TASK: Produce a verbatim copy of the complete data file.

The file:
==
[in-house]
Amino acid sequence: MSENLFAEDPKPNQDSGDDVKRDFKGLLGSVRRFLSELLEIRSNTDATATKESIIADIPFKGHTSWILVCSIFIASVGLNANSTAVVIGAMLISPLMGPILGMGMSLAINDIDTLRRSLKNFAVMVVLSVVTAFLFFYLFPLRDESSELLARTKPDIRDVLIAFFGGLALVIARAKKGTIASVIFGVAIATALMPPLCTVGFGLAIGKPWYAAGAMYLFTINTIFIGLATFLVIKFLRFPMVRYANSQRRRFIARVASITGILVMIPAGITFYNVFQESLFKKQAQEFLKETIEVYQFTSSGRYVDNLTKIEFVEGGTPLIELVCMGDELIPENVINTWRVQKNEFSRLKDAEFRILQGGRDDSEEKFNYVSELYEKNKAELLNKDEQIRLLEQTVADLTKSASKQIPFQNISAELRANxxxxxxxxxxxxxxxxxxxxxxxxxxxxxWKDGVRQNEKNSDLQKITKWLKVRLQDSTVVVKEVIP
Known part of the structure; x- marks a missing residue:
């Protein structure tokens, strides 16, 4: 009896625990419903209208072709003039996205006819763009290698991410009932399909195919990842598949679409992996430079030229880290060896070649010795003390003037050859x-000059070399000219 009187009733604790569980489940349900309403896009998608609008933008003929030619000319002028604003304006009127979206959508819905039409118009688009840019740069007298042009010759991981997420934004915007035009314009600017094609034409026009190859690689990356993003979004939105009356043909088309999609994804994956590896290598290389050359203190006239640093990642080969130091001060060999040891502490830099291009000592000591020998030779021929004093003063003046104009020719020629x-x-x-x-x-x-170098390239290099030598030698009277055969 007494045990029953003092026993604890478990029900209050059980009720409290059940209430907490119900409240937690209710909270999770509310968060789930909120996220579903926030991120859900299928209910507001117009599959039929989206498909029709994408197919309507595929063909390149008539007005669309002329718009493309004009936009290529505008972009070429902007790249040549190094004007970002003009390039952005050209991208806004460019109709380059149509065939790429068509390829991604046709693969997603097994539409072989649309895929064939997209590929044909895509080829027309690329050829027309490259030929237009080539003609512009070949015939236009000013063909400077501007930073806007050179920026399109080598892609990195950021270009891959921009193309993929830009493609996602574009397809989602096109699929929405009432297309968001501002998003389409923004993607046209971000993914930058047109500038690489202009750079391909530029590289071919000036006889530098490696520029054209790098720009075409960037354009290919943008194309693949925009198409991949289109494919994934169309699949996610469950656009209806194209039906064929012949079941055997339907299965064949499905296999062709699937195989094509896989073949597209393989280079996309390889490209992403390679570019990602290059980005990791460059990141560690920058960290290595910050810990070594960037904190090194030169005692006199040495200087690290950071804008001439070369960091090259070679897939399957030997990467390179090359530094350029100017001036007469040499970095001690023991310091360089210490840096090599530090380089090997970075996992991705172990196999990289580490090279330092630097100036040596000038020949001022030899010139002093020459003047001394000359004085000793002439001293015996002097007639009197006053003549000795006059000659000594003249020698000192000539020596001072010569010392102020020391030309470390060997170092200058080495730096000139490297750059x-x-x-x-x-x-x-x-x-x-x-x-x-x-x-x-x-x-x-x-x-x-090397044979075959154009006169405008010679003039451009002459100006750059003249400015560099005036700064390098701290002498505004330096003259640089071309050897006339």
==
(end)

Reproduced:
[in-house]
Amino acid sequence: MSENLFAEDPKPNQDSGDDVKRDFKGLLGSVRRFLSELLEIRSNTDATATKESIIADIPFKGHTSWILVCSIFIASVGLNANSTAVVIGAMLISPLMGPILGMGMSLAINDIDTLRRSLKNFAVMVVLSVVTAFLFFYLFPLRDESSELLARTKPDIRDVLIAFFGGLALVIARAKKGTIASVIFGVAIATALMPPLCTVGFGLAIGKPWYAAGAMYLFTINTIFIGLATFLVIKFLRFPMVRYANSQRRRFIARVASITGILVMIPAGITFYNVFQESLFKKQAQEFLKETIEVYQFTSSGRYVDNLTKIEFVEGGTPLIELVCMGDELIPENVINTWRVQKNEFSRLKDAEFRILQGGRDDSEEKFNYVSELYEKNKAELLNKDEQIRLLEQTVADLTKSASKQIPFQNISAELRANxxxxxxxxxxxxxxxxxxxxxxxxxxxxxWKDGVRQNEKNSDLQKITKWLKVRLQDSTVVVKEVIP
Known part of the structure; x- marks a missing residue:
């Protein structure tokens, strides 16, 4: 009896625990419903209208072709003039996205006819763009290698991410009932399909195919990842598949679409992996430079030229880290060896070649010795003390003037050859x-000059070399000219 009187009733604790569980489940349900309403896009998608609008933008003929030619000319002028604003304006009127979206959508819905039409118009688009840019740069007298042009010759991981997420934004915007035009314009600017094609034409026009190859690689990356993003979004939105009356043909088309999609994804994956590896290598290389050359203190006239640093990642080969130091001060060999040891502490830099291009000592000591020998030779021929004093003063003046104009020719020629x-x-x-x-x-x-170098390239290099030598030698009277055969 007494045990029953003092026993604890478990029900209050059980009720409290059940209430907490119900409240937690209710909270999770509310968060789930909120996220579903926030991120859900299928209910507001117009599959039929989206498909029709994408197919309507595929063909390149008539007005669309002329718009493309004009936009290529505008972009070429902007790249040549190094004007970002003009390039952005050209991208806004460019109709380059149509065939790429068509390829991604046709693969997603097994539409072989649309895929064939997209590929044909895509080829027309690329050829027309490259030929237009080539003609512009070949015939236009000013063909400077501007930073806007050179920026399109080598892609990195950021270009891959921009193309993929830009493609996602574009397809989602096109699929929405009432297309968001501002998003389409923004993607046209971000993914930058047109500038690489202009750079391909530029590289071919000036006889530098490696520029054209790098720009075409960037354009290919943008194309693949925009198409991949289109494919994934169309699949996610469950656009209806194209039906064929012949079941055997339907299965064949499905296999062709699937195989094509896989073949597209393989280079996309390889490209992403390679570019990602290059980005990791460059990141560690920058960290290595910050810990070594960037904190090194030169005692006199040495200087690290950071804008001439070369960091090259070679897939399957030997990467390179090359530094350029100017001036007469040499970095001690023991310091360089210490840096090599530090380089090997970075996992991705172990196999990289580490090279330092630097100036040596000038020949001022030899010139002093020459003047001394000359004085000793002439001293015996002097007639009197006053003549000795006059000659000594003249020698000192000539020596001072010569010392102020020391030309470390060997170092200058080495730096000139490297750059x-x-x-x-x-x-x-x-x-x-x-x-x-x-x-x-x-x-x-x-x-x-090397044979075959154009006169405008010679003039451009002459100006750059003249400015560099005036700064390098701290002498505004330096003259640089071309050897006339």